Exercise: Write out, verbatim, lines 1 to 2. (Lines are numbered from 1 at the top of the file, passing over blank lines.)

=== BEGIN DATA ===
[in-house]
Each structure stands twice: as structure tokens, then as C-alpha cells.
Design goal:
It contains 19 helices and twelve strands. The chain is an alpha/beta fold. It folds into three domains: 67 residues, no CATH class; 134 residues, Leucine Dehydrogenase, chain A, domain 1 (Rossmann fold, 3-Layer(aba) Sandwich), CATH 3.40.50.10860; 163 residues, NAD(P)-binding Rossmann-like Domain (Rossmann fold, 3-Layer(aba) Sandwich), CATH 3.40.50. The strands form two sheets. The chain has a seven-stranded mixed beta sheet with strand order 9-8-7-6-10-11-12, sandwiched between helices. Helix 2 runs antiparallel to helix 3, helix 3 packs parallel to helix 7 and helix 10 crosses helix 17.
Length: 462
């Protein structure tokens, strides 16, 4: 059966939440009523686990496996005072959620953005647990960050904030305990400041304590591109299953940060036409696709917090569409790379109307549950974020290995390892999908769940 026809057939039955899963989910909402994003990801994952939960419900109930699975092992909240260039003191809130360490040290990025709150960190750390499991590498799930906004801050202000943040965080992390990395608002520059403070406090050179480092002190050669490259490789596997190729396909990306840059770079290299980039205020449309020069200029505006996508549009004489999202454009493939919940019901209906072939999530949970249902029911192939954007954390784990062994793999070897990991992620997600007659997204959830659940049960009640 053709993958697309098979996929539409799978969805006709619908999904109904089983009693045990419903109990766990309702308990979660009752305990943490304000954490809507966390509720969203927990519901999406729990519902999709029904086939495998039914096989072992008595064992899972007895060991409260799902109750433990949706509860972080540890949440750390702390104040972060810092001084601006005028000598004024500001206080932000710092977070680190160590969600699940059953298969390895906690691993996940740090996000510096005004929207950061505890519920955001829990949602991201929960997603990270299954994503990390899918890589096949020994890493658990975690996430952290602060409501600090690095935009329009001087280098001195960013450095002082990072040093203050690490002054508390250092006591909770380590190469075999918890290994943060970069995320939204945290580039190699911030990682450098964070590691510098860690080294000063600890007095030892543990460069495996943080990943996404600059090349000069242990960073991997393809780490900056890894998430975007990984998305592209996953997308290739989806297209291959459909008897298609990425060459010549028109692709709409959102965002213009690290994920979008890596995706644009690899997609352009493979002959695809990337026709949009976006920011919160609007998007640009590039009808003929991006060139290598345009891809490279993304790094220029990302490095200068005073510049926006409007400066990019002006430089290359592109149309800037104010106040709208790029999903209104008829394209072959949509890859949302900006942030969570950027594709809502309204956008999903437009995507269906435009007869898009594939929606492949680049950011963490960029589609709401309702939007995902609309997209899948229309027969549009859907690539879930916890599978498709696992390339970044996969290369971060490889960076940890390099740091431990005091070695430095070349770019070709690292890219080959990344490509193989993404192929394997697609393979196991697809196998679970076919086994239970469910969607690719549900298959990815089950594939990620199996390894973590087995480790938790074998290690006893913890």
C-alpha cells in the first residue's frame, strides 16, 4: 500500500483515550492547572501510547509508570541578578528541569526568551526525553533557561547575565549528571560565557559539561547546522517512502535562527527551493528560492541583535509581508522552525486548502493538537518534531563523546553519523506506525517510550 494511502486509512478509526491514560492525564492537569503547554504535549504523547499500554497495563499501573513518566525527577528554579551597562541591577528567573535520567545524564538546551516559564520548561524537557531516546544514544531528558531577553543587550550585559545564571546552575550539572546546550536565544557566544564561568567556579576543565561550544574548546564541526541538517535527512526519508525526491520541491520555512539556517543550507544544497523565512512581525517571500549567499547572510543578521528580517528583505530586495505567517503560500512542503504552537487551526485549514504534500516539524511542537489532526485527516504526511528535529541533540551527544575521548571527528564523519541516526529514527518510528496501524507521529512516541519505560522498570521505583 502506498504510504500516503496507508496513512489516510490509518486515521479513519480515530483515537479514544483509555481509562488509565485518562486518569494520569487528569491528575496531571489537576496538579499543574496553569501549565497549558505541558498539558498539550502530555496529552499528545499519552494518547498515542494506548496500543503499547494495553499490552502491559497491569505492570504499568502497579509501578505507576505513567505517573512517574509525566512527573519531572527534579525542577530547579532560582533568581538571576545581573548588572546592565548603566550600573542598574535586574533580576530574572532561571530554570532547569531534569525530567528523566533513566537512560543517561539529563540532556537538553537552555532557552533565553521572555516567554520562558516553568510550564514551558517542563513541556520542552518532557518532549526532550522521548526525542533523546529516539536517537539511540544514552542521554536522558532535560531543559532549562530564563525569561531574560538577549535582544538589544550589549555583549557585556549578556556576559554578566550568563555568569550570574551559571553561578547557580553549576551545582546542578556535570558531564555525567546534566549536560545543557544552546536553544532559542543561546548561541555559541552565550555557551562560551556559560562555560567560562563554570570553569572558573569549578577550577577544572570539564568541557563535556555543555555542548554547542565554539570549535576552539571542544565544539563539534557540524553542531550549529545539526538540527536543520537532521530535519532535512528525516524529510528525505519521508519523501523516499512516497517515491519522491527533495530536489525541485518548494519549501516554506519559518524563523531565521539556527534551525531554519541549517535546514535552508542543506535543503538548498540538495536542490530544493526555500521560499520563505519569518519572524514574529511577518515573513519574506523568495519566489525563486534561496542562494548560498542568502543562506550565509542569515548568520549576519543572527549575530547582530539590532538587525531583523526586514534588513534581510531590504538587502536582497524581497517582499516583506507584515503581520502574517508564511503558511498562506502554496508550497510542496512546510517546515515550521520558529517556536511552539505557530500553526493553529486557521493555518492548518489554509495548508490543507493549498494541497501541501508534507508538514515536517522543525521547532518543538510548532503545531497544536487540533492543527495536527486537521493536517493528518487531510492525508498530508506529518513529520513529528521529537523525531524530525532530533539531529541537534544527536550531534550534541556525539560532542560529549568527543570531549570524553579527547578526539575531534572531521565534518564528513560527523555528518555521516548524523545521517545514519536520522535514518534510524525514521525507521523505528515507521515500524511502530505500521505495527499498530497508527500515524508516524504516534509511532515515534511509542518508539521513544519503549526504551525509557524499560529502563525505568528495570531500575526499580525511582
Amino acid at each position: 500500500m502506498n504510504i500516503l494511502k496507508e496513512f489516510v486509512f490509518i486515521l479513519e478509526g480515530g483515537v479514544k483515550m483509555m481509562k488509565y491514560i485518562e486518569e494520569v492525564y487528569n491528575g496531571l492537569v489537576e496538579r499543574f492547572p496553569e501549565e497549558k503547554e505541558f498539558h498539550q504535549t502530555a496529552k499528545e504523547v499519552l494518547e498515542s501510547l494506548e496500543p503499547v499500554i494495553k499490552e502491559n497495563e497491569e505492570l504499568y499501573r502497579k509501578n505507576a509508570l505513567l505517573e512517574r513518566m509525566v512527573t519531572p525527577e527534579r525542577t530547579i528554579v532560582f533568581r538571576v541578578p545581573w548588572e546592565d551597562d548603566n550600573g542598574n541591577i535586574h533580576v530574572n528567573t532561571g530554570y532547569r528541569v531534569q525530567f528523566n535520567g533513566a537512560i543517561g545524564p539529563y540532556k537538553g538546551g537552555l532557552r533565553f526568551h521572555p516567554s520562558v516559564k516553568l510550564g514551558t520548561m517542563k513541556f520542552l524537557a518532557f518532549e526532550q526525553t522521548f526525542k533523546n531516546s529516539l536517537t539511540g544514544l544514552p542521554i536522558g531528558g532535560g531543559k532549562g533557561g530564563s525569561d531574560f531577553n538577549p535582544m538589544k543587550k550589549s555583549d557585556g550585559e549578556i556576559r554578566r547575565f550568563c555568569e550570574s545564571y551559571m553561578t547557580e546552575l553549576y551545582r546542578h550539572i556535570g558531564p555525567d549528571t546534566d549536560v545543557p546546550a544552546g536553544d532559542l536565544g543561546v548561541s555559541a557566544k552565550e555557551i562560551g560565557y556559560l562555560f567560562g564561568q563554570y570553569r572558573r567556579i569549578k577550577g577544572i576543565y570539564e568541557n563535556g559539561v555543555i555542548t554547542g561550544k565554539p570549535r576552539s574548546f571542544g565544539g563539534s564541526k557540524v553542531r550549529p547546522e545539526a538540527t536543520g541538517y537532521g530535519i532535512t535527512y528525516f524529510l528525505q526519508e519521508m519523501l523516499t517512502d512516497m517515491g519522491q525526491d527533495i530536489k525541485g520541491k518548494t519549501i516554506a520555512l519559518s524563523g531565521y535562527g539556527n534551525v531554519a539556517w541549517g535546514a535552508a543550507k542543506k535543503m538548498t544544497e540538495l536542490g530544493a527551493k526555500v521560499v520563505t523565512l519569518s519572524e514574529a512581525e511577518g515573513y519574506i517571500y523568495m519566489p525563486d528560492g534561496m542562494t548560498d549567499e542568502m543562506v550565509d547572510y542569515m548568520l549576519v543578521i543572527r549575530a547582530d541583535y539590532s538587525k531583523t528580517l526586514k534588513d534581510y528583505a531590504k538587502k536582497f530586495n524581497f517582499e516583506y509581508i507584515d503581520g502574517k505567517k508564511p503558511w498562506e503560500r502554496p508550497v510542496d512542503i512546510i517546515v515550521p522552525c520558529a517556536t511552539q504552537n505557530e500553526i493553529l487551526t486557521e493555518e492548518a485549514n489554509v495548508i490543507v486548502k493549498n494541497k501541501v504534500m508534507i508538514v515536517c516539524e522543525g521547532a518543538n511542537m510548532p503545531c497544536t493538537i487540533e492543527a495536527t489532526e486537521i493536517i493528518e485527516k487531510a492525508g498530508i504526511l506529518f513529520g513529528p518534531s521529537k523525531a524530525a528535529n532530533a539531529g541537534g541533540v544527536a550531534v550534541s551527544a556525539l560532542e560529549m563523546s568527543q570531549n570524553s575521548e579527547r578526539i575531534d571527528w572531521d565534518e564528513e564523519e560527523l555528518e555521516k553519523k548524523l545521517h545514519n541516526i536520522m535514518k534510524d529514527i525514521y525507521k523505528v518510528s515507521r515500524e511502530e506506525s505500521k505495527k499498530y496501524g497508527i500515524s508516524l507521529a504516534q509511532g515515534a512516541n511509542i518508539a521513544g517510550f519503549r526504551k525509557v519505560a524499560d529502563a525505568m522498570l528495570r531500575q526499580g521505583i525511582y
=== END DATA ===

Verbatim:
[in-house]
Each structure stands twice: as structure tokens, then as C-alpha cells.